Seven Super Spices-Mission Accomplished!

29 Dec

Busymomswellnesss has been on a mission to get more spices in use in our kitchens.  The benefits of spices are undeniable, and hey…who doesn’t need a kick in the wellness pants every now and again?  Spices, all plant based, provide a wonderful flavor punch to food, are loaded with beneficial antioxidants, and they have medicinal healing properties.  Adding spices to our food can have a big impact on overall good health.

Cumin, cinnamon, oregano, ginger, turmeric and sage have been covered in this series of super spices.  Time to move along to the seventh and final spice.  Remember, though, while these spices are fantastic, do not be limited by these seven.  Use them as a springboard to inspire planning, cooking, and discovering new flavors.  Allow these seven fabulous spices to expand the palate and mind.  That said, the seventh super spice to discover, rediscover, and use is…clove!

For quite some time I thought clove was either an “artsy” cigarette that was super cool (what can I say?  I have never been a smoker!) or something poking out of a ham.  Yikes!  Did I really just admit to that level of ignorance?  Ugh!  Good news though.  I have now moved far beyond that in the quest to increase wellness through an in-depth second look at super spices.

Cloves, like all spices, have positive effects on wellbeing.  How so?  Cloves have been used for healing in Indonesian and Chinese medicine for centuries, a tradition that continues today.  Cloves have been attributed with the ability to relieve everything from an earache to toothaches.  They are great for gastrointestinal disorders and upset, such as nausea.  They reduce hypertension.  Cloves can he;p reduce inflammation related to arthritis.

From a nutritional standpoint, cloves are a good source of fiber.  They are also rich in vitamin C, important for tissue repair in the body, and vitamin K.  Vitamin K is essential for blood clotting.  Cloves are a great source of manganese, which is beneficial for bone health, regulating blood sugar, and helps thyroid function.  The list goes on.   There is no downside here folks.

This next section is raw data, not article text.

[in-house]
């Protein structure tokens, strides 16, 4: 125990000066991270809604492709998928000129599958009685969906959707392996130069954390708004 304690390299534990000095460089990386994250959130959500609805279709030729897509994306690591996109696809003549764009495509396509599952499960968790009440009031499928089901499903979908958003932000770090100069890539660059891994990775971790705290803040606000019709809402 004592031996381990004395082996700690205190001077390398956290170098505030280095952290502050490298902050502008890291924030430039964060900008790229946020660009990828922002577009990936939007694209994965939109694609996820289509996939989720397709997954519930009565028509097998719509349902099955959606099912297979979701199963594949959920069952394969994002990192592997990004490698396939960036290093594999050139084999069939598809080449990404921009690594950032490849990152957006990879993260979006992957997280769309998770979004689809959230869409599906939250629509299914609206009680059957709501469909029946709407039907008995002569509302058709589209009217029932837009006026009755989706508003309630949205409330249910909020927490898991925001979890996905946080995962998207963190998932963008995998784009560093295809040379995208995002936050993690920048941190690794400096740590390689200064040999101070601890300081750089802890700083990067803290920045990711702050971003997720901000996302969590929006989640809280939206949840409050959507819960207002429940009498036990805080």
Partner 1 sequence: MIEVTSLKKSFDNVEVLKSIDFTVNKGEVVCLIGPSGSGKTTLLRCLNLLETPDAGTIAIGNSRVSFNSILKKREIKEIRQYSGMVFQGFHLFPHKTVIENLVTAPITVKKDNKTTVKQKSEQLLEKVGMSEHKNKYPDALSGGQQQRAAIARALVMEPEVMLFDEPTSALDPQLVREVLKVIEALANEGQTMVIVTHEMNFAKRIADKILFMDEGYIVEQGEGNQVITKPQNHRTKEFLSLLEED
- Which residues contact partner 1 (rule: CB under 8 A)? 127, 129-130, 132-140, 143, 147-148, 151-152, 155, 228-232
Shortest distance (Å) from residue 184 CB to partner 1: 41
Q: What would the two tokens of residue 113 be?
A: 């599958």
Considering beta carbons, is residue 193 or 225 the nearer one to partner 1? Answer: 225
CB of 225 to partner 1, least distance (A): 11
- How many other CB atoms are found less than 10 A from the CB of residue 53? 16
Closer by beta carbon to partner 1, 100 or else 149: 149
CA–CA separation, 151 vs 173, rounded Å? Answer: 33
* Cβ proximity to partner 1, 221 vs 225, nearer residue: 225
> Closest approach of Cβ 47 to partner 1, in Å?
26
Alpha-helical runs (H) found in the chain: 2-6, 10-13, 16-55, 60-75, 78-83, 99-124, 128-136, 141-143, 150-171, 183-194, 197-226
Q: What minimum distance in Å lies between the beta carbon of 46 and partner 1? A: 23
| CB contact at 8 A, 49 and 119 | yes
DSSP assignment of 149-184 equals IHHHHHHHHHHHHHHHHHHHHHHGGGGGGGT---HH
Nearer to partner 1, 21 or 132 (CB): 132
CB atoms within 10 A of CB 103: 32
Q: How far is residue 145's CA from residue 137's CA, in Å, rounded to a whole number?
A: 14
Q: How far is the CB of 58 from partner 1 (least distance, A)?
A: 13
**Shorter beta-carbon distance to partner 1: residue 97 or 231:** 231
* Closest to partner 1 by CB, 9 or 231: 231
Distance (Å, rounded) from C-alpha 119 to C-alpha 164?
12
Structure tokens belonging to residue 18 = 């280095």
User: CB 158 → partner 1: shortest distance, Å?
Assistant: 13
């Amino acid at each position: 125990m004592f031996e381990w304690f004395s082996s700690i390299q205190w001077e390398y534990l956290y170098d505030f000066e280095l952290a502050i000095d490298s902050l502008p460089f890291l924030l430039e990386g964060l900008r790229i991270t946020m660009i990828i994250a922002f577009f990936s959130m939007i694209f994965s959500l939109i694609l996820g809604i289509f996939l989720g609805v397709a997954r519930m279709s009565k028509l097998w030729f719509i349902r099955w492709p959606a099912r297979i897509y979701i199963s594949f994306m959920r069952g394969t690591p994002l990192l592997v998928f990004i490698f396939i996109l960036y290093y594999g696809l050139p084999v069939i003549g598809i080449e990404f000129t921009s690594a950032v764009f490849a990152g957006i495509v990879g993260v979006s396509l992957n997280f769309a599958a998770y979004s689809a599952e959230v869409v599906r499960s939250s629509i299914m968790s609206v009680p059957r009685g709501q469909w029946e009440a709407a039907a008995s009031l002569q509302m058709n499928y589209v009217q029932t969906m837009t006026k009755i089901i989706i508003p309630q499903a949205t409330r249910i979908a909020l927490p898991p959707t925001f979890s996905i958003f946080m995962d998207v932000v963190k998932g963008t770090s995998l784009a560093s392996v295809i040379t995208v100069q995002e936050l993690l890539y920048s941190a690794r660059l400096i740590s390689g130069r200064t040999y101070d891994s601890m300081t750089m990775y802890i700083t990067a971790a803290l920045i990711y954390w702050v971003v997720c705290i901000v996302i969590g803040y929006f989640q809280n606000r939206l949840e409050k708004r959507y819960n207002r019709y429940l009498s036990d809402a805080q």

Cloves are buds from an evergreen tree that is indigenous to Indonesia.  They are available to use in three forms:  whole, powder, and oil.   As you can imagine, they have the same benefits but are used differently.  Whole cloves are woody and used in many dishes, but often removed prior to consumption.   Cloves in powder form are often added to sweet dishes, such as muffins, and savory dishes like sweet potato casserole.  Clove oil is a natural remedy for infections and pain.  It is widely used, but since oil is concentrated, it must be used in moderation.

To get started, try this simple stewed fruit recipe. 

Stewed Fruit

  • 2 apples or pears, peeled and cubed
  • 1 tablespoon brown sugar
  • 4 cloves
  • 3-4 cups water

Place the chopped apples or pears, sugar, cloves and water in a medium-sized pot and cook on medium heat till the apples are soft. Drain and remove cloves.   Toss them warm onto oatmeal for a hearty breakfast or allow them to cool and add them to your favorite low fat low sugar yogurt.  Isn’t it time to see what wonderful dishes you can discover with cloves?  Bon appetite!

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